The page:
Lights dim on Building Bright

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Previously reported: $200 million in cuts in the lands planning spending means something is getting the axe. Strangely, not lands planning. (Photo: Ma Tau Wai incident)

 

Harbour Times took note of a  34.7% cut in the budget for Buildings, Lands and Planning in the Development Bureau, a curious move especially when the Government is supposedly searching for more land sites to convert for housing. Over two years, the cuts in BLP were over $200 million. In 2013-14, department spending was $527.6 million, dropping to $463.3 million last year and this year, will be only $302.4 million. This warranted investigation.

 

Misnomer: Not all planning

The Development Bureau explains the reduction is due to the Government winding down Operation Building Bright. Launched in 2009 by the then-Development Secretary Carrie Lam, the programme has two stated objectives: To help owners of some 3,100 buildings aged 30 years or over to carry out repair works and to create jobs for the construction industry which was battered by the financial crisis.

 

Repair work on 3,079 buildings and 96,310 households

 

Employment support

“We hope to create a large number of job opportunities for the construction industry, especially in the field of repair works, within the shortest period of time. According to our estimation, the campaign will create 10,000 jobs for construction and maintenance workers as well as related professional technicians, among others, in the next two years,” said Mrs Lam in 2009. At that time, the unemployment rate in the construction sector peaked at 12.8%. The Government calculated the number was even higher in the renovation and maintenance fields, with one in every five workers jobless.

In January 2010, the programme no doubt got a philip when 45J Mau Tau Wai Road collapsed, killing four people and displacing dozens more. This prompted the government to launch a wave of inspections of over 4,000 old buildings (older than 50 years) with two being deemed to require emergency remedial works and over 1,000 with ‘obvious defects’. Only 1,079 had ‘no apparent defect’.

As the economy, and construction, picked up the unemployment rate of the construction sector fell to 5.2% by the end of 2011. Now the common complaint is of current and future labour shortages in the sector and business is pressing hard to import labour.

 

Mission accomplished

Operation Building Bright was co-funded by the Government, the Hong Kong Housing Society and the Urban Renewal Authority. Initially, the Government contributed $1.7 billion and the other organisations each contributed $150 million. The Government then injected two more rounds of funding to the programme in 2010 and lastly in 2011, making the total contribution to be $3.2 billion.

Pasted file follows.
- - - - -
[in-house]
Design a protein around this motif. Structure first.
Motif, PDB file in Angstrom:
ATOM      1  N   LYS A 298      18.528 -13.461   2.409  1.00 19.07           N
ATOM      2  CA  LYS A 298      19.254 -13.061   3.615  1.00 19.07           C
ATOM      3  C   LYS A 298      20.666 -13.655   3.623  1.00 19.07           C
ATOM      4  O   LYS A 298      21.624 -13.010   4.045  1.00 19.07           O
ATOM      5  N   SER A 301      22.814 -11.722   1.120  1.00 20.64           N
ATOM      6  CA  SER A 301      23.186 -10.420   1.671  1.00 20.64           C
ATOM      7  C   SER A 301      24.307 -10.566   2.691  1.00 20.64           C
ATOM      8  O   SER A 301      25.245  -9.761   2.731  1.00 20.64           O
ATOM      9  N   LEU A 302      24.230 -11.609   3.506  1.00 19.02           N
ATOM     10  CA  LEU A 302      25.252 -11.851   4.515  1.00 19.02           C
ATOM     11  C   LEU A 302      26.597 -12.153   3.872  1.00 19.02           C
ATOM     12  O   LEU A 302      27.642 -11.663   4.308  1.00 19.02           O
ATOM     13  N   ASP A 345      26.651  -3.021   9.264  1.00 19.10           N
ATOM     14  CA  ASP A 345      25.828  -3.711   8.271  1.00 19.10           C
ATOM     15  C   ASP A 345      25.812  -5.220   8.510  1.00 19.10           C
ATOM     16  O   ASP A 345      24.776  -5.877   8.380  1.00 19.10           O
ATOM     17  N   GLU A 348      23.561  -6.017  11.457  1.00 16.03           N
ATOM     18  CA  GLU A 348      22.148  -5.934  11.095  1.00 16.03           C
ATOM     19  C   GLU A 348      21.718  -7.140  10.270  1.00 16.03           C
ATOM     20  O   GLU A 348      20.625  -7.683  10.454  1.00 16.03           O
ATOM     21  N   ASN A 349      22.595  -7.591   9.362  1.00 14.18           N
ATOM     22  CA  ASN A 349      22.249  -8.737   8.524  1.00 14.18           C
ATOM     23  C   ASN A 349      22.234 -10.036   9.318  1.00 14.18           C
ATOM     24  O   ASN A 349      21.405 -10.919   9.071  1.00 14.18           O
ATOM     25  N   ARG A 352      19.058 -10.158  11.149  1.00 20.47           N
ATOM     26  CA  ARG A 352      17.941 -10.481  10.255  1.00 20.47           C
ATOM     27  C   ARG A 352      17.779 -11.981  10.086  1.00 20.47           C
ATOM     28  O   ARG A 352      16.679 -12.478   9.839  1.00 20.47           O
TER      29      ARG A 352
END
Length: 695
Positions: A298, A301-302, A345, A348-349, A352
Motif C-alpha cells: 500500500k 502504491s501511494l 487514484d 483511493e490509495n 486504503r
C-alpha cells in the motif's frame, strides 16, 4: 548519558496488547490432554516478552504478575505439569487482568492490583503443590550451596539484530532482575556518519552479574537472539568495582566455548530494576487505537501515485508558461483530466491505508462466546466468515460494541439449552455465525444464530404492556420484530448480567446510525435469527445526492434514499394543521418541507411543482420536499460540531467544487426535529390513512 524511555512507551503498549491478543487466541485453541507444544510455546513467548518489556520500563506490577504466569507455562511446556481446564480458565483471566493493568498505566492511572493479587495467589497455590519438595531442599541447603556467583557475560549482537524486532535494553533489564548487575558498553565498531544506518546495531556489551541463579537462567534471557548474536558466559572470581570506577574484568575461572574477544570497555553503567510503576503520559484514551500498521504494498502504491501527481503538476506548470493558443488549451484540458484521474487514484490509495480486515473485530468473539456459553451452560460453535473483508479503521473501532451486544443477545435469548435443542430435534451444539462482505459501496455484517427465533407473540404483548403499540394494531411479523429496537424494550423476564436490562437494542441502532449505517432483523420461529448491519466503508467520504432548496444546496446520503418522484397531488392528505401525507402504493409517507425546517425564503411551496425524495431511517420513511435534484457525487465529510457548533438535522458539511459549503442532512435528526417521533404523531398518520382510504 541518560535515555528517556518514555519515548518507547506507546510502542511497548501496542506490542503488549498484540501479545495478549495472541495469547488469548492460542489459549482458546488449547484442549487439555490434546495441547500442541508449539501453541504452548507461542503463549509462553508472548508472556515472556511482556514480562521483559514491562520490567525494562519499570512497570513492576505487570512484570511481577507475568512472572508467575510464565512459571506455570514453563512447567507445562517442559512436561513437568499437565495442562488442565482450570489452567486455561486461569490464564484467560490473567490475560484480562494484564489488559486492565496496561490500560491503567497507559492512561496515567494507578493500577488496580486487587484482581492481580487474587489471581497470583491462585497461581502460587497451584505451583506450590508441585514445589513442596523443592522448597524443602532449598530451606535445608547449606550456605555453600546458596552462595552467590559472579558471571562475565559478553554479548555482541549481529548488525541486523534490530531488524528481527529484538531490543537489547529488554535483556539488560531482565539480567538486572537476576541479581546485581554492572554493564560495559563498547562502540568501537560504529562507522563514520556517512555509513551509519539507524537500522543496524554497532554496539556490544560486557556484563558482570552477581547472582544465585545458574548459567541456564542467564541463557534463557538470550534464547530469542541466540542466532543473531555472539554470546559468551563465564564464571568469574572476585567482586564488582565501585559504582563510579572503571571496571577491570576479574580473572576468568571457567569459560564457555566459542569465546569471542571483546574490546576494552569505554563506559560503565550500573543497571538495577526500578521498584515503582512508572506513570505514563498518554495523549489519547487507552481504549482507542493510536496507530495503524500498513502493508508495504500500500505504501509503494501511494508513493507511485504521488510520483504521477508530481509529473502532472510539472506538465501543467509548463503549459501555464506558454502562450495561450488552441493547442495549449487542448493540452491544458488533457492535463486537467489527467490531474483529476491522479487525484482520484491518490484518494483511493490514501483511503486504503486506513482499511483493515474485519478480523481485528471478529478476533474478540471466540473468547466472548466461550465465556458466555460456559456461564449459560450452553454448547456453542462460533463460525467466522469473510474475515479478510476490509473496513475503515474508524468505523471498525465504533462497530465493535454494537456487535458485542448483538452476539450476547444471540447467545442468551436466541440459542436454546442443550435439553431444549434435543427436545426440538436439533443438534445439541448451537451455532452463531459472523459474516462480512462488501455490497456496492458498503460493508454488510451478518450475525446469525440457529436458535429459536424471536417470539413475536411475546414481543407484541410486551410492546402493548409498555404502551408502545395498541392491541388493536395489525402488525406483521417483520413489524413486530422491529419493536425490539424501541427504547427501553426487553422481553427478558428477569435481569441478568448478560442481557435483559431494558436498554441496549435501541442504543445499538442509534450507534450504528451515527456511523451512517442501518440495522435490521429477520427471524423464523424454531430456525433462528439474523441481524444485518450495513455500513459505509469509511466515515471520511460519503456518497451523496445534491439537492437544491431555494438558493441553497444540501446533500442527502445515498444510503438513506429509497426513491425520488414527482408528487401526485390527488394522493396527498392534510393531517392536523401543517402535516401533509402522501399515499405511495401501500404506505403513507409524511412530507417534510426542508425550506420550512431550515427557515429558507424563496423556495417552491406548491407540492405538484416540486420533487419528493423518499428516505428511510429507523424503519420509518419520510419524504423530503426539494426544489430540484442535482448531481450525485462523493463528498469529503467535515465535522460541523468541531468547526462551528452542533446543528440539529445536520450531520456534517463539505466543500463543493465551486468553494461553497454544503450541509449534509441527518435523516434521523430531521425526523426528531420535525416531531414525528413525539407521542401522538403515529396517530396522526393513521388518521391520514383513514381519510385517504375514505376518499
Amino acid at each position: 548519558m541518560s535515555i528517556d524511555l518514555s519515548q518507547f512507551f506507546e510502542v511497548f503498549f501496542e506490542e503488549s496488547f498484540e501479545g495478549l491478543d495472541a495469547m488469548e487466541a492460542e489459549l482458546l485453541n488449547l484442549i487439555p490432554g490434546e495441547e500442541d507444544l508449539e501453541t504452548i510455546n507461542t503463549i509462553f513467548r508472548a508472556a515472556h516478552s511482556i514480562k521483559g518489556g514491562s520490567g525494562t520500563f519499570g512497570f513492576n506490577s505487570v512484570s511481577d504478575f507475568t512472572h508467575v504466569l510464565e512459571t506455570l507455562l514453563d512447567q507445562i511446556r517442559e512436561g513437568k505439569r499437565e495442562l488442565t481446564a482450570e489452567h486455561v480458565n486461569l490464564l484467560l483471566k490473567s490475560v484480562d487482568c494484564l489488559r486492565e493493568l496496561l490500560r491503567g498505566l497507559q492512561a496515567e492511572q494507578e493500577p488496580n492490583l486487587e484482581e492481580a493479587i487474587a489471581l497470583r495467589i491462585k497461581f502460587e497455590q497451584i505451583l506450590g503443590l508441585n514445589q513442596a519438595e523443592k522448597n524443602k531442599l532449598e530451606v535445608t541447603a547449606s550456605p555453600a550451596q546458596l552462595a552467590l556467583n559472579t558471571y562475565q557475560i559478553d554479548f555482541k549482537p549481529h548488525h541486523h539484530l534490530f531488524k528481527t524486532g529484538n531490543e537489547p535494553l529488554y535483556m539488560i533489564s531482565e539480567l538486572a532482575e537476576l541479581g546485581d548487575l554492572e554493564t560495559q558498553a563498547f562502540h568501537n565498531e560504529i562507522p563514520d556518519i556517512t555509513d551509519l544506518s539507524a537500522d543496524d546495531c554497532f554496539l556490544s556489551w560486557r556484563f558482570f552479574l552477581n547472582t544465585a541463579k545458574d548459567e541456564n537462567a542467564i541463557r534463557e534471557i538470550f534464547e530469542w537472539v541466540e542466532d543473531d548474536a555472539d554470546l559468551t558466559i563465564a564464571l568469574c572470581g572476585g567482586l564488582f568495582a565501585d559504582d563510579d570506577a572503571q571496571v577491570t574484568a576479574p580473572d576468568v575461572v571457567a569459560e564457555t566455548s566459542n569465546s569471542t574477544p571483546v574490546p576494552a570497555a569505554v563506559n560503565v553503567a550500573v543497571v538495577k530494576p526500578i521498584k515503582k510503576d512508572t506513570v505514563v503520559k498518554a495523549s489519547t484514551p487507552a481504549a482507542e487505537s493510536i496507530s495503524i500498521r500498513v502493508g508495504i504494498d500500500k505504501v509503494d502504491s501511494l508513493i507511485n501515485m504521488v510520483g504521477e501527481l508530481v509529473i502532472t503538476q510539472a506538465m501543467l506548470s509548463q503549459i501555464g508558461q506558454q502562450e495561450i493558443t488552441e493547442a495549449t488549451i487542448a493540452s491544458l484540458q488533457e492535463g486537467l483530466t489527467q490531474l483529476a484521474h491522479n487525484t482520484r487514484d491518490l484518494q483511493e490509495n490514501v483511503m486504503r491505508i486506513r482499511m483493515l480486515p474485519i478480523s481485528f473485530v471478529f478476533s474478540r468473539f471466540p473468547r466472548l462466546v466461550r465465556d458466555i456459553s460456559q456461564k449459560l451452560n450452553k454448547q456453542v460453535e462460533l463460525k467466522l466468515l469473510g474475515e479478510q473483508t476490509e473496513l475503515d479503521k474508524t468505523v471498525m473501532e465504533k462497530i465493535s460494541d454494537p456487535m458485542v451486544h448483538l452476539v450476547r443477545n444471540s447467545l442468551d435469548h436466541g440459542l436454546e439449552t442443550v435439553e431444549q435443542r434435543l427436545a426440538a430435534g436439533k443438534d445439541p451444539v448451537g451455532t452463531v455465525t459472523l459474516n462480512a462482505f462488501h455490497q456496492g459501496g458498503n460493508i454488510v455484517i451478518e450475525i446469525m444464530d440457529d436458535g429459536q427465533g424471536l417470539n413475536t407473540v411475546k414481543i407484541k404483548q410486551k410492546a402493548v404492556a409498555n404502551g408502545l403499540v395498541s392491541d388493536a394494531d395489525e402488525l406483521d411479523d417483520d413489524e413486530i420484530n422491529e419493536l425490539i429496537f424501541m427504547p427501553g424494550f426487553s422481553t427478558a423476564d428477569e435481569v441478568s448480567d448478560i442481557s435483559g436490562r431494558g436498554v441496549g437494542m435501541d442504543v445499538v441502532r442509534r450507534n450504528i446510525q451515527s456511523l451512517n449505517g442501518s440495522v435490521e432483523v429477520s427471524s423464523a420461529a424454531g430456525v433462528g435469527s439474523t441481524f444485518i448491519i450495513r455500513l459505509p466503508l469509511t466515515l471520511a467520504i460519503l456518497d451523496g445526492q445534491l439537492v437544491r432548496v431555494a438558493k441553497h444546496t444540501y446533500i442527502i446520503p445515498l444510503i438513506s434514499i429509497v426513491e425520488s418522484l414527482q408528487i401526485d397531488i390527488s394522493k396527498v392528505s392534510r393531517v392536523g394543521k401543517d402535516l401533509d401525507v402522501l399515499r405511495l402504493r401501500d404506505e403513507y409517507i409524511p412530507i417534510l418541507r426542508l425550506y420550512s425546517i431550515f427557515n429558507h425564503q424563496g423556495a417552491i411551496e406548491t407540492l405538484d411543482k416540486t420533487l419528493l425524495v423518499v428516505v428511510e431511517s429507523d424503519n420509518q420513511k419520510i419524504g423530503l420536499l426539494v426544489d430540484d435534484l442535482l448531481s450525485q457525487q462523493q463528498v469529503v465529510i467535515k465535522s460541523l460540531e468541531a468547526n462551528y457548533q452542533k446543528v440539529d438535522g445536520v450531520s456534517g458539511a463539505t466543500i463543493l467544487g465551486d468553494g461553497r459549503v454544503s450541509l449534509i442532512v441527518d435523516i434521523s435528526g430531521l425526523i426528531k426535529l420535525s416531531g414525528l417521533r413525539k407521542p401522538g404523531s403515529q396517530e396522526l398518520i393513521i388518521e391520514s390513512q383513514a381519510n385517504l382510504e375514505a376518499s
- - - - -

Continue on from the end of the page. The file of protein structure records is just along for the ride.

The programme subsidised repair work on 3,079 buildings and 96,310 households, theoretically supported over 30,000 jobs for workers from when it first launched in 2009. It was scheduled to end this year but technically, the programme ceased in 2010. Operation Building Bright targeted old buildings with owners’ corporations. The last deadline was in late 2010 and now, households in buildings without owners’ corporations are nominated by the District Councils and selected by a Steering Committee, formed between the Building Department, Housing Society and Urban Renewal Authority, without the need to apply through the programme.

While the programme will probably end this year, bureaucrats who are involved in it will not be affected. The Development Bureau sole role is to wire the money to the two organisations. Staff in the Housing Society and Urban Renewal Authority are responsible for screening applications against a set of clear criteria and fund the repair works. The authorities claim that this task only takes away a little time from their other work.

“Having regard to the projected amount of uncommitted surplus [HT note: out of the $3.5 billion total funding, around $533 million remains in the pool] and progress of works of the assisted buildings for the period up to March 2016, it was considered that the funding provision for Operation Building Bright in the 2015-16 estimate could be reduced,” the Development Bureau explained to the cut in estimated expenditure.

So the sun of Building Bright begins to fall. A government make work project that may have helped provide a little more safety for people in old buildings at risk – until the economy stumbles again and the government sees the need to create jobs for the favoured construction industry.


For more details, contact reporter Calvin Lam at cl@archive.harbourtimes.com